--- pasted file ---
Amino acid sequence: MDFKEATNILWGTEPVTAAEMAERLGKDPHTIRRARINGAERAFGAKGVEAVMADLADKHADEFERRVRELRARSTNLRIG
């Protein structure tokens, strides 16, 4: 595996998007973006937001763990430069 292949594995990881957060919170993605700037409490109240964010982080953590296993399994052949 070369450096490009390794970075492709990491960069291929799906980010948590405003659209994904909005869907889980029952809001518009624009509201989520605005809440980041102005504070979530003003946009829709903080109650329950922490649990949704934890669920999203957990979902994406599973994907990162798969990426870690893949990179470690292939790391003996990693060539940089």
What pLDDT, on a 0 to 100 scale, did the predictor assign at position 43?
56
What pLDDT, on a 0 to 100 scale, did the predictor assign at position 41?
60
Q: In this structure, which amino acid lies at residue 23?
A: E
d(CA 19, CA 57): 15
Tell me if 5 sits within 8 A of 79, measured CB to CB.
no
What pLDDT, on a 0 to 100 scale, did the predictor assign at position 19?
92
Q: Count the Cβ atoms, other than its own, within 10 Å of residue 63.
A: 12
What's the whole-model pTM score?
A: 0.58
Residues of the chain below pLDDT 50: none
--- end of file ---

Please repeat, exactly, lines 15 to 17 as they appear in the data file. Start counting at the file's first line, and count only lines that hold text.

A: 12
What's the whole-model pTM score?
A: 0.58